How ACTA will change the world's internet laws

Discuss

12 Responses to “How ACTA will change the world's internet laws”

  1. Anonymous says:

    Oh well I guess I’m going to jail…

  2. Anonymous says:

    I thought it’d be neat to ask the U.S. Trade Representative what the benefits and costs of this agreement might be. You can ask him too!

    http://www.ustr.gov/about-us/press-office/ask-ambassador

    Please be civil. Mr. Kirk only likes nice questions…

  3. snsr says:

    The most frightening aspect of the ACTA, aside from the corrupt nature in which USTR Ron Kirk is handling the “negotiation”, is an increase in secondary liability.

    Making ISPs, web sites, blogs, etc legally culpable for content and comments generated by their users is fucking ridiculous. This, combined with *preemptive injunctions against possible future infringers* amounts to wholesale censorship of protected speech by private parties.

  4. Anonymous says:

    The last gasps of the old dying elite. Ahhk how will we protect glove manefacktur without the strong oaken walls of the guild hall………………………

  5. lizuka says:

    One can never have enough information about ACTA, here’s a bit more just in case:
    http://www.laquadrature.net/en/ACTA
    Good job you guys often talk about this dark subject here on BB!

  6. Kerov says:

    Crickets.

    And on a board where “information wants to be free” activists are over-represented, no less.

    We’re screwed. Absent a major PR faux pas — unlikely, given that the media mega-corps can afford the best PR talent in the world — ACTA will pass without much fuss or notice.

    Because although everybody always says “read the fine print”, nobody ever does. We can’t be bothered. It’s boring.

    We’re screwed.

  7. Kerov says:

    Oh. I stand corrected. There may be hope :)

  8. jo3lr0ck5 says:

    Why is none of this on the news, how are the peole supposed to know what is going on if they have to go reading from blog to blog?? This needs to come out in the papers or TV; if the people don’t know what is going on then how can they show that this is not something they want to support?

    We need to find a way to inform the masses!!

    • hijukal says:

      It’s not on the news because it is in the media conglomerates’ best interests not to broadcast it to a wider audience who will justifiably be outraged.

      But what can we do about it, other than bitching about it? Vote out the leaders who bring it in? It’ll be too late then and parliamentary members don’t have a choice in the matter anyway.

      The only thing we can do is to stop consuming the very media they’re trying to protect. Which is much easier said than done.

    • kaleesh says:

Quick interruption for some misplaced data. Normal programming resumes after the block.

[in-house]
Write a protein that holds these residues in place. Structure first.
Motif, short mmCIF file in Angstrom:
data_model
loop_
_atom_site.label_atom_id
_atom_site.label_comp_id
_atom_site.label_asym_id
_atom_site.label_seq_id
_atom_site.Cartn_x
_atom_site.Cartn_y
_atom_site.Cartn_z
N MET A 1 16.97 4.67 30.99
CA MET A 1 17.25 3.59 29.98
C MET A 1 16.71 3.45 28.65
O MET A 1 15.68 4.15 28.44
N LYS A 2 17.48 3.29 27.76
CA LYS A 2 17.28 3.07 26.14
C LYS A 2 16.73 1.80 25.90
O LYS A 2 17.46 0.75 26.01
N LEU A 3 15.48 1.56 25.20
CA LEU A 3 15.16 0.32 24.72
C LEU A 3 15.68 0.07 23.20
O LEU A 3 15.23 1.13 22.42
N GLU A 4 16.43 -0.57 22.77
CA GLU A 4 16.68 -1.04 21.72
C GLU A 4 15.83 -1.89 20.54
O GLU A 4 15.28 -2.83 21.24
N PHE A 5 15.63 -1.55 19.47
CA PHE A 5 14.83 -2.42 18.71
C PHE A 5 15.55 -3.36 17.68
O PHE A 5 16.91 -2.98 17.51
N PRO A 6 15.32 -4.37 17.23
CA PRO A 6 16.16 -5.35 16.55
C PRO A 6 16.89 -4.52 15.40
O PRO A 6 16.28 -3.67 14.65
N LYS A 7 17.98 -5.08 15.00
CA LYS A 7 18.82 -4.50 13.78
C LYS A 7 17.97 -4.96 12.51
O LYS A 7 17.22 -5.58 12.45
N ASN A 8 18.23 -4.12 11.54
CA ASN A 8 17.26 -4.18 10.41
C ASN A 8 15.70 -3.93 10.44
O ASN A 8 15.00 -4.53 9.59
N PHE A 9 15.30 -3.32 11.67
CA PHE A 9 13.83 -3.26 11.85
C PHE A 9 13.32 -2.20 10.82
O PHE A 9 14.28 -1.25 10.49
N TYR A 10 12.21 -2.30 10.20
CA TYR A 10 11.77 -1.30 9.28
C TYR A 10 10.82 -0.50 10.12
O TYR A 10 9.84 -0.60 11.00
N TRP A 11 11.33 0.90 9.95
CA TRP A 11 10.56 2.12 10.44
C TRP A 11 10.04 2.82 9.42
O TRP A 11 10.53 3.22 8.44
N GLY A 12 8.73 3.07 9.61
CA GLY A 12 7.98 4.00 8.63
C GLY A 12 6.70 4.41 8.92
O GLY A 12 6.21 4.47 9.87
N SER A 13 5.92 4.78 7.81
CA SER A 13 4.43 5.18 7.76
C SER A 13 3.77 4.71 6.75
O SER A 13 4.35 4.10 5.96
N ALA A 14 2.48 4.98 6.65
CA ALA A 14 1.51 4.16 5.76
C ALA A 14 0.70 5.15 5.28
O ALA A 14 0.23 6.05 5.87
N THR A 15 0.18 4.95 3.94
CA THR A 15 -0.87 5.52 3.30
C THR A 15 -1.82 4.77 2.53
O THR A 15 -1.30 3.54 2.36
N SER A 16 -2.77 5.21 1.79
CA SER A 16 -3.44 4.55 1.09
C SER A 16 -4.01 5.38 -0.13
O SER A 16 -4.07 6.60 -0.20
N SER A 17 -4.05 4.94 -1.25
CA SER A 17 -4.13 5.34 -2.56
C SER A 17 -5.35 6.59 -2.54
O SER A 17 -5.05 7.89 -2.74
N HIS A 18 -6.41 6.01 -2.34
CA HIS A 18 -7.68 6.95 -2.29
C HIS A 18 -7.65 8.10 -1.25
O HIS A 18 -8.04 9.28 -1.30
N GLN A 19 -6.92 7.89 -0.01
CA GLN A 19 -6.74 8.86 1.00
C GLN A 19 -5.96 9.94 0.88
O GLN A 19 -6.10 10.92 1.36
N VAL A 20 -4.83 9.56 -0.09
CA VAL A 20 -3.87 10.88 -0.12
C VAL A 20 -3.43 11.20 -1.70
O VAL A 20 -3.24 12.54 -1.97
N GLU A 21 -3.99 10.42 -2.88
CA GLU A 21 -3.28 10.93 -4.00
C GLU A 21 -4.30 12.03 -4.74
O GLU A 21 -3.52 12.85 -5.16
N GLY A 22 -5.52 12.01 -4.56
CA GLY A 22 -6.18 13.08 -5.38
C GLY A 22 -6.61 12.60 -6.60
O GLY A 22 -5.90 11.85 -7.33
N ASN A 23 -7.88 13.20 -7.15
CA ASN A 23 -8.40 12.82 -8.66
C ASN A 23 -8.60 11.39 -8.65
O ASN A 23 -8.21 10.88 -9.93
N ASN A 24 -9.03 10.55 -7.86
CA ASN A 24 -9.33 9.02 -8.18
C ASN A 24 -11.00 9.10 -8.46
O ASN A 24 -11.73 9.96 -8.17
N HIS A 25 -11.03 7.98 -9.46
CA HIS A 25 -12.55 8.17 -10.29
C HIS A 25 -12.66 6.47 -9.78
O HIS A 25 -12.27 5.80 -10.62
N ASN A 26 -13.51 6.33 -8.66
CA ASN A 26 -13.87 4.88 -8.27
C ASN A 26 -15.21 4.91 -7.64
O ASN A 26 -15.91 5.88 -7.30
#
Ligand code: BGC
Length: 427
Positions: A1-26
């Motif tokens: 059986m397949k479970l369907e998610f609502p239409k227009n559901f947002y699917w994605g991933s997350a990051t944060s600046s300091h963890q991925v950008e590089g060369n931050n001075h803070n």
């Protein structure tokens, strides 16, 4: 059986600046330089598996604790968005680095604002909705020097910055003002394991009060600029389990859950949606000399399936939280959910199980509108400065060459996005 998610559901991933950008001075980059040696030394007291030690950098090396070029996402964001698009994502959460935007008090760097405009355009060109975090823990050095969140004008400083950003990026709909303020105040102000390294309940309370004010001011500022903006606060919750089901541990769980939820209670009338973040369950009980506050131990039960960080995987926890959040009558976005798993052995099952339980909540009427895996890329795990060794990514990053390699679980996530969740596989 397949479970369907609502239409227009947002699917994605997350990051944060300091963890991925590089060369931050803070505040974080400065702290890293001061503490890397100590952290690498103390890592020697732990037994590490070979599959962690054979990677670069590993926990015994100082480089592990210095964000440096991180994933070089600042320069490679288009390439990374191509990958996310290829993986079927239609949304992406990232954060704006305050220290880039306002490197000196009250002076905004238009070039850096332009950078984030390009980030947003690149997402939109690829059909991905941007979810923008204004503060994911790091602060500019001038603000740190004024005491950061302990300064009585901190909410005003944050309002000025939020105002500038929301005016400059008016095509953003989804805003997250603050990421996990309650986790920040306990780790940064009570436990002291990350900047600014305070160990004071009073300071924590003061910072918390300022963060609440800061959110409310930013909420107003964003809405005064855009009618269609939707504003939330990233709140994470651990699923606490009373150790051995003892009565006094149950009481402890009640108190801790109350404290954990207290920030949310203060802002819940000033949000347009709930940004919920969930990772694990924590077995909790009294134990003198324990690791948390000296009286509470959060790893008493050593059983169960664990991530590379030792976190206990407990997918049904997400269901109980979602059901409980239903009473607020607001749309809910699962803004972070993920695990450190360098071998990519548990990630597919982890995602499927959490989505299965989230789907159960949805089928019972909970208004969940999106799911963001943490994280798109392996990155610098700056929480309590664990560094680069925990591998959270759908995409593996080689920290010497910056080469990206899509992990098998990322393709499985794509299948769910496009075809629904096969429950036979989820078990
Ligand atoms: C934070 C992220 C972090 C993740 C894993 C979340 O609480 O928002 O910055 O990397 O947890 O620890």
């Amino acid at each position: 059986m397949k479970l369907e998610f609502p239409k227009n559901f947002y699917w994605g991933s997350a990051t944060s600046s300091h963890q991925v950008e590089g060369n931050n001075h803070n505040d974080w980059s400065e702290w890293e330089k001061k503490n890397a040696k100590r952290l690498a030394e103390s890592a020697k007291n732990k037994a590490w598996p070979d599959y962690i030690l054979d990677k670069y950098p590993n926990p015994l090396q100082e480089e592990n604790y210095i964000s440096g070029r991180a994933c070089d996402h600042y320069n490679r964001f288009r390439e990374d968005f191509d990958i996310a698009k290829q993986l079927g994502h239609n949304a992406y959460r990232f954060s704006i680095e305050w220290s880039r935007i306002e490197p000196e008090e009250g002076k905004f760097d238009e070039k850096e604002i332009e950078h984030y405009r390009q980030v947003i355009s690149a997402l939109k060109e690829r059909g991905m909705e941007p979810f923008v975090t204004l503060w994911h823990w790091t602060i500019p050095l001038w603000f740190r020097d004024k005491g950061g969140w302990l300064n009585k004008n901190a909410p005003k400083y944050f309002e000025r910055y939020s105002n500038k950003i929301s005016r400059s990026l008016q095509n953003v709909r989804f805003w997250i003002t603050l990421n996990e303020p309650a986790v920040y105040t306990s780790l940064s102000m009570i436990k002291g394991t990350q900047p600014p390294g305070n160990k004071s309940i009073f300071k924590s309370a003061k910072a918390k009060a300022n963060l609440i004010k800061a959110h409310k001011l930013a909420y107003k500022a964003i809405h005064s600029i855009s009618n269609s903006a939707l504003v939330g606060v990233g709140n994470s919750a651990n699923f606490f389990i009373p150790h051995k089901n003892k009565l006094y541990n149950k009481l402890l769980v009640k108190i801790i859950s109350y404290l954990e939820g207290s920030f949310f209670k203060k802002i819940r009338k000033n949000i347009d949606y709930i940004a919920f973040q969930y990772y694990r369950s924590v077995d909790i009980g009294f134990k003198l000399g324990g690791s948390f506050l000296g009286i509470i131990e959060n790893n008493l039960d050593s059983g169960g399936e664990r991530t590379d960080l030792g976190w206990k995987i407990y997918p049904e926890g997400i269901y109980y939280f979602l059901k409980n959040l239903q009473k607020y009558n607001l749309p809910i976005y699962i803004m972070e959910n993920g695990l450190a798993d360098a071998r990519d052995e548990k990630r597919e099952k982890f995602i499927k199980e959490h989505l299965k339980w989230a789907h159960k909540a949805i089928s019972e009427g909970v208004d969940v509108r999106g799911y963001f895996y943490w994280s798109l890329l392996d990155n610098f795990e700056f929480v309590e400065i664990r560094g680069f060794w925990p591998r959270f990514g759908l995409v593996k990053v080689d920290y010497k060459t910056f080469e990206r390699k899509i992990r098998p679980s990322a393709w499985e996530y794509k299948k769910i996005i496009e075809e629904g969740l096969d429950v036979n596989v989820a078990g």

“”Why is none of this on the news, how are the peole supposed to know what is going on if they have to go reading from blog to blog?? This needs to come out in the papers or TV; if the people don’t know what is going on then how can they show that this is not something they want to support?

      We need to find a way to inform the masses!!””

      hehe… the secret nature of the treaty – it will get media into trouble – fines, legal action, shutdowns – if they talk about this. go to any major english newspaper of the many acta countries – either it’s not reported or it is spun in a way to say “under this law, content creators will enjoy a golden age of renaissance where they will be paid for their work and there will be zero piracy” – with no mention of the loss of personal privacy, deep packet sniffing, the 3 strikes.

      I understand they need to be paid – blood sweat and tears to create content. And I don’t completely disagree with this agreement. Heck, if i did some work i need to paid for and someone stole it, i’d be fuming as well. However, consider these issues:

      - DRM

      - Cannot play in our preferred devices and if we change formats to do so, we are also in the red – i buy CDs and i rip it to put in my mp3 player – i’m screwed right?

      - cross-border restrictions on media – content not available out of US is not available in USA (like iTunes – different countries have different rules)

      - no easy way to purchase stuff (no credit cards for under 18s)

      - no improvements in id theft and credit card frauds protection

      - the exorbitant prices of media – not accessible but who doesn’t want to be entertained?

      - if they don’t make it easy to consume legally and they eliminate illegal ways to obtain content, where exactly do they make money? what if people boycott? what if they avoid going to movies and buy secondhand or rent a dvd for $2 a day when it comes out in the format of their choice?

  9. Anonymous says:

    Hi Corey
    Interesting post. Kim Weatherall has also given her incisive comments on the upcoming negotiations at http://fortnightlyreview.info/2010/04/09/anti-counterfeiting-trade-agreement-negotiations-enter-the-next-round-but-will-this-acta-have-a-finale/

  10. Anonymous says:

    I see a grimm future ahead of us all…

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